Happy Birthday Nathanael Greene

U.S. #785 pictures Greene, George Washington, and Mount Vernon.

Revolutionary War commander Nathanael Greene was born on August 7 (July 27 by the Old Style calendar), 1742, in Potowomut (Warwick), Rhode Island.

Raised in a Quaker family, Greene focused his studies on mathematics and law. He was later expelled from the Quaker church, which opposes war.

U.S. #UX90 honors Greene’s role in the Battle of Eutaw Springs.

In 1770 Greene took over his family’s foundry in Coventry, Rhode Island. While there, he was the first person to push for the creation of a public school. From 1770 to 72, and in 1775, Greene served with the Rhode Island legislature. In 1774, when trouble with Great Britain became imminent, he organized the Kentish Guards, a military group. A stiff knee prevented Greene from serving as an officer, but he did serve in the ranks.

Item #93126 commemorates Greene taking command of the Southern army.

After the Battle of Lexington, the Kentish Guards set out to aid the Boston patriots, but were recalled by Rhode Island’s loyalist governor. However, Greene and three others continued on to Boston. Greene took part in the siege of Boston. By 1776, he had achieved the rank of major general, commanding the army of occupation in Boston.

U.S. #1689 pictures The March to Valley Forge by William Trego.

Greene fought at the historic battles of Trenton, Brandywine, and Germantown, and served with General George Washington during the winter at Valley Forge. In 1778, he became the quartermaster general, but resigned in 1780 due to unfair political investigations of the quartermaster department.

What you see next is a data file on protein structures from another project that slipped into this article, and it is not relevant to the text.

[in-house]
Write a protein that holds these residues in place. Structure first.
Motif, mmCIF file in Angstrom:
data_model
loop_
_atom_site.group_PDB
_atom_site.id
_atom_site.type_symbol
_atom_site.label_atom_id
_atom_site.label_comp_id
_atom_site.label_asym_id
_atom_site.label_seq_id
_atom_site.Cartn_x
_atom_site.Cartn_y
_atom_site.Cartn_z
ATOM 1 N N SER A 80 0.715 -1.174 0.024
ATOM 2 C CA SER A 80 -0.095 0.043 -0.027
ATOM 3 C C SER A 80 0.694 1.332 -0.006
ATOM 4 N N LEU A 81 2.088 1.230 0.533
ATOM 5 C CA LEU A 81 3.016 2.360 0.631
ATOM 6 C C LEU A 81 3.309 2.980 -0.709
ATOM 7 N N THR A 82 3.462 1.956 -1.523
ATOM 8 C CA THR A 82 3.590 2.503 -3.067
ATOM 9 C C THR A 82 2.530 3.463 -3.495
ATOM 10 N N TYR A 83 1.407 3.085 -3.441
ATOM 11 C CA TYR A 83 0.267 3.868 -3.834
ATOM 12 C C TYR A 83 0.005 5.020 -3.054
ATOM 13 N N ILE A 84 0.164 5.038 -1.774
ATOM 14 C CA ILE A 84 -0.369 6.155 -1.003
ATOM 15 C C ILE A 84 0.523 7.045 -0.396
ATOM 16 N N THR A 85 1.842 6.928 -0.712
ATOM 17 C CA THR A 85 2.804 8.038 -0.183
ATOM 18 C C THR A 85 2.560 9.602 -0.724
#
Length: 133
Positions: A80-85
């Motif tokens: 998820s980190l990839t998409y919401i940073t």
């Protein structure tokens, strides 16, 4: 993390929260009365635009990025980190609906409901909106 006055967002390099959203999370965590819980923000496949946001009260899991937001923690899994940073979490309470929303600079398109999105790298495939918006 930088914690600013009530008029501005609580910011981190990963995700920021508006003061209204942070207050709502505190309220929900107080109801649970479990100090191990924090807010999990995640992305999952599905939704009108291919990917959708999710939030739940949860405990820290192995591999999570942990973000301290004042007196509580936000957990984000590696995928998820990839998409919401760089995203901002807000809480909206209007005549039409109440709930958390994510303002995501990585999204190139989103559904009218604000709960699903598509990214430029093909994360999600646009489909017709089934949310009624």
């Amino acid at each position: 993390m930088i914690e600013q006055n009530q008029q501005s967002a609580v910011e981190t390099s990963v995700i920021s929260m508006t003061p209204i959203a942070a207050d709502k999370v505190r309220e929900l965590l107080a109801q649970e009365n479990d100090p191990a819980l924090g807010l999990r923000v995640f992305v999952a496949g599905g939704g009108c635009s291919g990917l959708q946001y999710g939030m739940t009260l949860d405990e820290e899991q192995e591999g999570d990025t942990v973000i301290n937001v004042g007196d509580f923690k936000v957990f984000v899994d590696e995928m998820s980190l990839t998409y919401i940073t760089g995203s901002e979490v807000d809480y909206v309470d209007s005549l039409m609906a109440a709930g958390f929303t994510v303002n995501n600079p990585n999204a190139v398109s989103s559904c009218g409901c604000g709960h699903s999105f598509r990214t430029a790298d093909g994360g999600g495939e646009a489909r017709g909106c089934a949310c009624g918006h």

Item #47010A – Proof Card marking Greene’s 249th birthday.

In December 1780, Greene replaced the command of General Horatio Alger Gates after the defeat at Camden, South Carolina. Greene’s leadership marked a turning point in the war in the South. The Continental Army inflicted heavy casualties against the British at the Battle of Guilford Court House in North Carolina in March 1781. By the end of the year, Greene’s forces had pushed the British back to Charleston and Savannah.

After the war, North Carolina, South Carolina, and Georgia all awarded Greene large tracts of land and money for his service, some of which he donated to his Southern army. Greene served as president of the Society of the Cincinnati and was twice offered the post of Secretary of War. He refused the post and retired to his estate in Georgia, where he died on June 19, 1786.

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  1. Never won a battle, but still won the campaign in the South by inflicting more casualties on the British than he lost. By doing so at Guilford Court House he helped set up Washington’s success at Yorktown by compelling Cornwallis to withdraw to the coast to regroup and resupply. One of the forgotten heroes of the war.

  2. What a life the man led. After 42 years some of us are just getting started. That man had done it all.

  3. Nathaniel Greene was known as the Revolutionary General who never won a battle. If the last army on the field at the end of the battle was the winner, maybe Gen Greene was the winner because although he yielded the field after the battle, the enemy left the ground due to the heavy loses suffered.And that is how General Greene’s Southern Continental Army gained control of North and South Carolina

    1. I respectfully suggest (and ask) that you increase the resolution for all photos and illustrations–especially for the larger views.


  4. An interesting comment that General Greene never won a battle and yet is celebrated for his leadership. It can be noted that general George Washington won only three battles: Trenton and Princeton in 1776-1777 and Yorktown in 1781…four if you count the British withdrawal from Boston in 1775. Both men along with the other officers and veterans of the Continental Army were there at the surrender of the British at Yorktown. Maybe it’s like a boxer who loses most of the rounds in a fight, but wins by a knockout in the fifteenth round.

  5. I just read a quote attributed to General Nathanael Greene during the southern campaign, “We fight, get beat, rise, and fight again.” I suggest that sums up the leadership of General Greene and perhaps that of the whole Continental Army in the Revolutionary war.

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